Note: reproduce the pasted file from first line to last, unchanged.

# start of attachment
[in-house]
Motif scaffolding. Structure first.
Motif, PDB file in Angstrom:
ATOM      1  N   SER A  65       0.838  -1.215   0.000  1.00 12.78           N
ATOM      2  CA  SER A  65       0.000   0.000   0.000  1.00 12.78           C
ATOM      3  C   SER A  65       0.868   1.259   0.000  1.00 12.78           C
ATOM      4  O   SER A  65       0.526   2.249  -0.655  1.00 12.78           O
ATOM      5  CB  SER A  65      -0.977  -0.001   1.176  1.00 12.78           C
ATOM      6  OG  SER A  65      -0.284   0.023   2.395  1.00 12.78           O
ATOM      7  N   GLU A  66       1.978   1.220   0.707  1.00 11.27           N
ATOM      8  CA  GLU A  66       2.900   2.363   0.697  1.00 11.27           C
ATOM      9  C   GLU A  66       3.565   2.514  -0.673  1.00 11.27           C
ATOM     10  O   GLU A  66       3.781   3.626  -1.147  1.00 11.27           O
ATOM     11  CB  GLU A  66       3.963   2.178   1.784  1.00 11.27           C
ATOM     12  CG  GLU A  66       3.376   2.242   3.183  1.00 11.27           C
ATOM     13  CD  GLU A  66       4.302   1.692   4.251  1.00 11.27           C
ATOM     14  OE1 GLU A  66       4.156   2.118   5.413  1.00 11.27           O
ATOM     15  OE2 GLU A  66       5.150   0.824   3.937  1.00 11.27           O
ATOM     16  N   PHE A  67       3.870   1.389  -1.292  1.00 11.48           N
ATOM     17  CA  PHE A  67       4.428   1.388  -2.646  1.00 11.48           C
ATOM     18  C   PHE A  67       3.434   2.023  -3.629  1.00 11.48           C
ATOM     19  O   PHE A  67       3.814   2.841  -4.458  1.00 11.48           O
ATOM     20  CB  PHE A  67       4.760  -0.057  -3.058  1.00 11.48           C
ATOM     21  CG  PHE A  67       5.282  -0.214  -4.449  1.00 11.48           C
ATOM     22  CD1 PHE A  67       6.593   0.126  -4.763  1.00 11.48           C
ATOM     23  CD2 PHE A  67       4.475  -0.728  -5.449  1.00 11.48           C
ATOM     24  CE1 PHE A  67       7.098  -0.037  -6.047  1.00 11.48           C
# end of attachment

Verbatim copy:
[in-house]
Motif scaffolding. Structure first.
Motif, PDB file in Angstrom:
ATOM      1  N   SER A  65       0.838  -1.215   0.000  1.00 12.78           N
ATOM      2  CA  SER A  65       0.000   0.000   0.000  1.00 12.78           C
ATOM      3  C   SER A  65       0.868   1.259   0.000  1.00 12.78           C
ATOM      4  O   SER A  65       0.526   2.249  -0.655  1.00 12.78           O
ATOM      5  CB  SER A  65      -0.977  -0.001   1.176  1.00 12.78           C
ATOM      6  OG  SER A  65      -0.284   0.023   2.395  1.00 12.78           O
ATOM      7  N   GLU A  66       1.978   1.220   0.707  1.00 11.27           N
ATOM      8  CA  GLU A  66       2.900   2.363   0.697  1.00 11.27           C
ATOM      9  C   GLU A  66       3.565   2.514  -0.673  1.00 11.27           C
ATOM     10  O   GLU A  66       3.781   3.626  -1.147  1.00 11.27           O
ATOM     11  CB  GLU A  66       3.963   2.178   1.784  1.00 11.27           C
ATOM     12  CG  GLU A  66       3.376   2.242   3.183  1.00 11.27           C
ATOM     13  CD  GLU A  66       4.302   1.692   4.251  1.00 11.27           C
ATOM     14  OE1 GLU A  66       4.156   2.118   5.413  1.00 11.27           O
ATOM     15  OE2 GLU A  66       5.150   0.824   3.937  1.00 11.27           O
ATOM     16  N   PHE A  67       3.870   1.389  -1.292  1.00 11.48           N
ATOM     17  CA  PHE A  67       4.428   1.388  -2.646  1.00 11.48           C
ATOM     18  C   PHE A  67       3.434   2.023  -3.629  1.00 11.48           C
ATOM     19  O   PHE A  67       3.814   2.841  -4.458  1.00 11.48           O
ATOM     20  CB  PHE A  67       4.760  -0.057  -3.058  1.00 11.48           C
ATOM     21  CG  PHE A  67       5.282  -0.214  -4.449  1.00 11.48           C
ATOM     22  CD1 PHE A  67       6.593   0.126  -4.763  1.00 11.48           C
ATOM     23  CD2 PHE A  67       4.475  -0.728  -5.449  1.00 11.48           C
ATOM     24  CE1 PHE A  67       7.098  -0.037  -6.047  1.00 11.48           C